Publisher pricing and quality issues make piracy more attractive
March 9, 2011 | 1:13 am

Audrey Watters at ReadWriteWeb takes a look at the contentious issue of e-book vs. paper pricing and whether it is likely to promote piracy. Mentioning Random House’s decision to join the agency pricing crowd, and the ongoing anti-trust investigation in Europe, she links to a Reddit thread discussing examples of e-books priced higher than their paperback or hardcover versions. The Reddit thread is kicked off by one person complaining about the prices on these books (“I love the kindle but this pricing stuff right now is making me question all of it. I have a hard time placing...

New Google Books tool traces use of words over time
December 19, 2010 | 2:51 pm

screenGoogle Books isn’t just an e-book store. It’s a pile of data, waiting to be mined. And while the metadata on many of the books in Google’s database may not be in the best of shape, enough books have good metadata that they can be used for some fairly interesting projects. Ars Technica has the story on one of these. A group of Harvard researchers created a tool that could be used to trace the usage of words or phrases in books over the last few centuries. And what’s more, Google has made the tool publicly available via a...

Haptic Braille device could let blind read print books in braille
December 10, 2010 | 2:12 pm

haptic-brailleAnyone who has seen the movie Sneakers is familiar with the idea of braille screens for reading by the blind. In the real world, however, braille screens are gimmicky, expensive, non-portable devices prone to mechanical failure, and I am told most blind computer users make do with speech-synthesizers instead (be it on their computer, or via hand-held devices like the Intel or LookTel gadgets I’ve mentioned before). But speech-synth does have some drawbacks, especially for reading a book—the voice can be annoying, for one thing, getting in the way of immersion into the book (which is why I...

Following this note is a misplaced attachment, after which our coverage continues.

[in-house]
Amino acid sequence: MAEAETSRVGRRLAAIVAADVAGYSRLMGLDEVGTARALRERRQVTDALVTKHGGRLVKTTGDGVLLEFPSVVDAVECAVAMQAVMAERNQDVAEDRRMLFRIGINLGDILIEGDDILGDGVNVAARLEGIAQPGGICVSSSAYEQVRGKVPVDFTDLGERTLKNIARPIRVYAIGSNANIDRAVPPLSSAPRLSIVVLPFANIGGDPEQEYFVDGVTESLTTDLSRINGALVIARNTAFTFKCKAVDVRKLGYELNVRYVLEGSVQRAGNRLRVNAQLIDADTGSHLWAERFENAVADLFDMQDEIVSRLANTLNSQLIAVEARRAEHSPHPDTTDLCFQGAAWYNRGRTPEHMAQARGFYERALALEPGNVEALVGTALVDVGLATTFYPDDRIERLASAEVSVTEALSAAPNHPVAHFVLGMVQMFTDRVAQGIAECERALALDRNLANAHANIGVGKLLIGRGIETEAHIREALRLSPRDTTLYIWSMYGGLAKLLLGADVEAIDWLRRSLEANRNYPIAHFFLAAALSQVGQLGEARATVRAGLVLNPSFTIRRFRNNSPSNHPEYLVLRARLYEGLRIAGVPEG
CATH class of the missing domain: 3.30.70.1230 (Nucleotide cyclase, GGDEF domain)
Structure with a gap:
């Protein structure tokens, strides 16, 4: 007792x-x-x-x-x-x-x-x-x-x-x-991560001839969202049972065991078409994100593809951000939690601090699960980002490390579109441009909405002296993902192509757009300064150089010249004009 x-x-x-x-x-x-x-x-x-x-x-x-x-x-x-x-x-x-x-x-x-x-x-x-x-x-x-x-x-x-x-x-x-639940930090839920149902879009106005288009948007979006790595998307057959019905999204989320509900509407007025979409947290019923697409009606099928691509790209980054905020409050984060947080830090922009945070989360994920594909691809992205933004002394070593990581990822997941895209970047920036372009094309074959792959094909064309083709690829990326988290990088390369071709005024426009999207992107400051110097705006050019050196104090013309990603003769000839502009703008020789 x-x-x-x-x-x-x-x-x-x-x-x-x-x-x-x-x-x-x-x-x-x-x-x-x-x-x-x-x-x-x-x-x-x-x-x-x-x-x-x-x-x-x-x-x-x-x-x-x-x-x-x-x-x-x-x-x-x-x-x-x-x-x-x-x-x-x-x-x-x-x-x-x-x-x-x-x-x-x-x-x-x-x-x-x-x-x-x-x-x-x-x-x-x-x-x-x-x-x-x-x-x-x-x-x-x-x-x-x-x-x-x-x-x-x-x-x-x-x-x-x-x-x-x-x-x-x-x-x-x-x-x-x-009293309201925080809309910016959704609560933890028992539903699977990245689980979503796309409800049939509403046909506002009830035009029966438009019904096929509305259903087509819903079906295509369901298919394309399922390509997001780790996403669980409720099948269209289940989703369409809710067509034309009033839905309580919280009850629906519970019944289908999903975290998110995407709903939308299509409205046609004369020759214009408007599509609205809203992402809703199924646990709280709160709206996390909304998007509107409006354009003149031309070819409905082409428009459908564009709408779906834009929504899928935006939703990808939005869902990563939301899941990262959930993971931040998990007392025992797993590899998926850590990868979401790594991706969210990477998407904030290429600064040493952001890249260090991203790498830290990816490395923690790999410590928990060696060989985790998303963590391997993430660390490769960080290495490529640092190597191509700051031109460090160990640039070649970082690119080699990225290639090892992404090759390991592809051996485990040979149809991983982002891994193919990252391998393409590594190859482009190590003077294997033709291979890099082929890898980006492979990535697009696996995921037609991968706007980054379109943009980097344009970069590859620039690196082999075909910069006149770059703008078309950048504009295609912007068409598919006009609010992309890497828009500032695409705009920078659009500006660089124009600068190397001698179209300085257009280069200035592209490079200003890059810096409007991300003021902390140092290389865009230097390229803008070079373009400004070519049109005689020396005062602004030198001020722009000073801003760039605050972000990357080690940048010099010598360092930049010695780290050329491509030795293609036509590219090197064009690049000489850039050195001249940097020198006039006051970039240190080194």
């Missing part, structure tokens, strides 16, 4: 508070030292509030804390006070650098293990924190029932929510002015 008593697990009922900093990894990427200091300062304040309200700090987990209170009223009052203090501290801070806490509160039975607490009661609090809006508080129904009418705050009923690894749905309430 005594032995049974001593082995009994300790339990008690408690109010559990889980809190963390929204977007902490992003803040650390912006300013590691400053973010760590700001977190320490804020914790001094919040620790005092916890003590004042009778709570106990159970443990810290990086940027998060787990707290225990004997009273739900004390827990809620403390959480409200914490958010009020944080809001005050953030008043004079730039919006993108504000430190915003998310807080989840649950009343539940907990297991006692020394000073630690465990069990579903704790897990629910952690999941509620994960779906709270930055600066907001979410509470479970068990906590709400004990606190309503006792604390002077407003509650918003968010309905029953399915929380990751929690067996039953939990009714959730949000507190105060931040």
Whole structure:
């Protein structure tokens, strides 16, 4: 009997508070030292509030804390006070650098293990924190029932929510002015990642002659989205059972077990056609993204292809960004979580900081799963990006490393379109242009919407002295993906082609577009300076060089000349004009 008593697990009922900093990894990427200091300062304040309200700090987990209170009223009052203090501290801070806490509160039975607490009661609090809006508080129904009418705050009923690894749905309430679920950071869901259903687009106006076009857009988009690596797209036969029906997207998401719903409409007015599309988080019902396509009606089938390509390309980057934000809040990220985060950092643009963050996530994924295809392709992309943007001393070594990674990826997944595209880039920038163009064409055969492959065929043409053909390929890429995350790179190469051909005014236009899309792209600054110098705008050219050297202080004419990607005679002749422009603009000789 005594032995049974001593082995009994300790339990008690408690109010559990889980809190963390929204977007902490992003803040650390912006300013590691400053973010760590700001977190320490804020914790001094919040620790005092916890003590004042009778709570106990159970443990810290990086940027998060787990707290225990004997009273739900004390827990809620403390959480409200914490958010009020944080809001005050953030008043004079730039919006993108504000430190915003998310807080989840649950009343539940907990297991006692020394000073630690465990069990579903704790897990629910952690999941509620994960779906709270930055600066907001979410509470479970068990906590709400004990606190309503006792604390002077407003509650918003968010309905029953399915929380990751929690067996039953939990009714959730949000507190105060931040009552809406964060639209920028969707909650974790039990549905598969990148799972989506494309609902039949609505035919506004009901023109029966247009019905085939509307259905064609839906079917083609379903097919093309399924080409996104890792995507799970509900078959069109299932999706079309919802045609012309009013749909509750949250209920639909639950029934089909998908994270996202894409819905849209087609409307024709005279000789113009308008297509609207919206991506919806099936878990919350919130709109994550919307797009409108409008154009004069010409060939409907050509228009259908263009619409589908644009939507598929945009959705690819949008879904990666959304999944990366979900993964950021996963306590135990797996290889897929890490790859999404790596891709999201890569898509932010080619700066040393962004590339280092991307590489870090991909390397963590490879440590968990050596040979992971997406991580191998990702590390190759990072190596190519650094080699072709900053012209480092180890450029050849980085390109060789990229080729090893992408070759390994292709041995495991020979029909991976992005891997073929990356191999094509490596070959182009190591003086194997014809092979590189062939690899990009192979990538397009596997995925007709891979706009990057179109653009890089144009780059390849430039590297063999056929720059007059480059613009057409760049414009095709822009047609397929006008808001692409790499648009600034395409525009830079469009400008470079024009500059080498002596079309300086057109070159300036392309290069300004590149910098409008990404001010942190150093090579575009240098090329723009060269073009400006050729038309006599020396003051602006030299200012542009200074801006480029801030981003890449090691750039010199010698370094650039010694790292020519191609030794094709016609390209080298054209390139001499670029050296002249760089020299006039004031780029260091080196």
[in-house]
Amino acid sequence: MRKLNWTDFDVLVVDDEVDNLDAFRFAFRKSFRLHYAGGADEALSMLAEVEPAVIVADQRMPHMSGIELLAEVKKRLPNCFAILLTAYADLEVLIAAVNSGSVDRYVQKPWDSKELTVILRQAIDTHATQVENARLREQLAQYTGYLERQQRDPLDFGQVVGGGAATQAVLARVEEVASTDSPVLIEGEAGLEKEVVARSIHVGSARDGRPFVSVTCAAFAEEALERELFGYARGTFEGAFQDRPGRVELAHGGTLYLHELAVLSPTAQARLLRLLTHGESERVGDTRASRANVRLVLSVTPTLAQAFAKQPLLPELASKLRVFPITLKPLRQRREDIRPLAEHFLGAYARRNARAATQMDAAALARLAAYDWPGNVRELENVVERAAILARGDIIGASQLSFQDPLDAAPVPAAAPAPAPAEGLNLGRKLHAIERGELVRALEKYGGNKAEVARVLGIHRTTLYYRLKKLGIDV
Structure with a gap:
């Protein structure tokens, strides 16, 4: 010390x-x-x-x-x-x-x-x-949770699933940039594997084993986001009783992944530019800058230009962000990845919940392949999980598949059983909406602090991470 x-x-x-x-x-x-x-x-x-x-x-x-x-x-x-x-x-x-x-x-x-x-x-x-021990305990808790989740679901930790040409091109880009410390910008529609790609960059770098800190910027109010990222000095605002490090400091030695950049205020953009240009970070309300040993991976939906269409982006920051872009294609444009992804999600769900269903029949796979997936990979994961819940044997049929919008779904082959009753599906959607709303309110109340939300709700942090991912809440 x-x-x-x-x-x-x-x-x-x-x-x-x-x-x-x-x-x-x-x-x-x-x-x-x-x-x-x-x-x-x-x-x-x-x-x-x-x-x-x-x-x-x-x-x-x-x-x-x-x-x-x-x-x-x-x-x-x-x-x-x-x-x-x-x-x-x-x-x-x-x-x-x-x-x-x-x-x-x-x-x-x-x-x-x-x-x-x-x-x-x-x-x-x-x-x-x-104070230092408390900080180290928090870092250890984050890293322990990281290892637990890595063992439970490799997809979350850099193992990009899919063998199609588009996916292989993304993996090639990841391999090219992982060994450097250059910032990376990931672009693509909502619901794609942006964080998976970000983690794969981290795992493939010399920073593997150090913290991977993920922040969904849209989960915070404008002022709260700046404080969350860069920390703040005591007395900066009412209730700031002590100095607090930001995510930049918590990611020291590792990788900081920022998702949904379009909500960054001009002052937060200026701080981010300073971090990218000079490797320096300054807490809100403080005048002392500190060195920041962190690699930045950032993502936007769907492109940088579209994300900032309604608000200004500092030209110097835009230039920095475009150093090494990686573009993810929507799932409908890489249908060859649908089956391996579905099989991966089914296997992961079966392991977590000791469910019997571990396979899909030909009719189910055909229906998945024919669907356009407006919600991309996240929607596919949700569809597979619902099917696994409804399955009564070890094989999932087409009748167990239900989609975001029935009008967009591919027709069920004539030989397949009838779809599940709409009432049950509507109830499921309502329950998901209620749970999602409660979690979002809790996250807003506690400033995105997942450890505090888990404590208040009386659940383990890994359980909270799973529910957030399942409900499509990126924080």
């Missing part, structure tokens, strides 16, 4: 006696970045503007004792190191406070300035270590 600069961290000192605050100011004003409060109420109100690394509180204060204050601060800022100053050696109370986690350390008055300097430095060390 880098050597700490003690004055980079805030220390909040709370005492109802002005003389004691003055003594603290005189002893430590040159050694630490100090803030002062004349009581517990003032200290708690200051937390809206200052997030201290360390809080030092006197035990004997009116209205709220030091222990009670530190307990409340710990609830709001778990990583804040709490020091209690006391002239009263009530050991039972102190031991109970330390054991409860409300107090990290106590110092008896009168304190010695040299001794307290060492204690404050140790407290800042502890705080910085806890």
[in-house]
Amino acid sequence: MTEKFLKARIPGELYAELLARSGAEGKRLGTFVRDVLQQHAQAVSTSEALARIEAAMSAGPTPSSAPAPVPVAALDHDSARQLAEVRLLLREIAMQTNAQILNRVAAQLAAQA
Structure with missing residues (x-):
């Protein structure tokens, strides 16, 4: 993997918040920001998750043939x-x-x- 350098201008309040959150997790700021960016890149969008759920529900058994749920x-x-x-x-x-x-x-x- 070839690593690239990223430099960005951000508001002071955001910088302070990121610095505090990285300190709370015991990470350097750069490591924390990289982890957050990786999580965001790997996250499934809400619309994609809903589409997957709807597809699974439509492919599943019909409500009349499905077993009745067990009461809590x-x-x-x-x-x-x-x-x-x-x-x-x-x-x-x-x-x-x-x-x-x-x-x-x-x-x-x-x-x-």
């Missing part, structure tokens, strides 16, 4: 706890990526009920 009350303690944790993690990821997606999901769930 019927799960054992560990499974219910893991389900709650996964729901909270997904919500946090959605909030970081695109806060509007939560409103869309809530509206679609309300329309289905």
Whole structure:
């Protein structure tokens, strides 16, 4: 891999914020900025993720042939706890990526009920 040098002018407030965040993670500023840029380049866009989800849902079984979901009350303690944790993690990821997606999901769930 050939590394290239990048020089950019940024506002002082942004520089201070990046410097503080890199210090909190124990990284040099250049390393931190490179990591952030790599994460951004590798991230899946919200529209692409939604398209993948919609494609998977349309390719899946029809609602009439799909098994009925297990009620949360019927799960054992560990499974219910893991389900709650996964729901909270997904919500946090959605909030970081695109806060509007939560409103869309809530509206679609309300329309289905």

ABBYY FineReader Express, a phone-camera-compatible OCR tool
September 10, 2010 | 7:15 am

adxgetmedia Mediabistro’s GalleyCat has a post about ABBYY FineReader Express, an OCR program that can even use cell phone cameras (though for best results, a 5 megapixel version is recommended, which would seem to limit it to the iPhone 4’s camera). The post mentions it in the context of scanning “orphan works” such as the “hundreds of pages from 1930s novels, periodicals, and self-published materials that couldn't leave the New York Public Library” that GalleyCat editor Jason Boog read through during a project. As a demonstration, it includes a photograph of a page from such a work, a screenshot...

iPod Touch 4 is not quite an iPhone, but close
September 4, 2010 | 9:47 pm

ipod-touch-2010It turns out that the iPod Touch 4 is going to be just as good an e-book reader as the iPhone 4, but is not quite up to par in other respects. On GigaOm, Kevin C. Tofel writes about why the iPod Touch 4 is almost but not quite the “contract-free iPhone” Jobs touted it as. In particular, he focuses on the lack of built-in GPS, data plan connectivity, and the 5 megapixel camera that graces the iPhone 4. The reason for this is that, regardless of what the pricing article I cited the other day indicates, Apple actually...

A happy ending to Douglas Cootey’s problems with his error-encrusted ebook – thanks to TOR
August 9, 2010 | 2:33 am

images.jpgOn July 28 we published a story about how Douglas Cootey bought a copy of Ender's Game from the iBookstore and how it was full of errors. Apple refused to replace the book, even though a corrected edition had been posted to the store. Now the end of the story. From Douglas' website: On Thursday, August 5th, Apple contacted me via email with instructions on how to redownload the corrected version. A reader let me know they had received that email, too, so I know that others with the corrupted text received their corrected versions. It all took place within...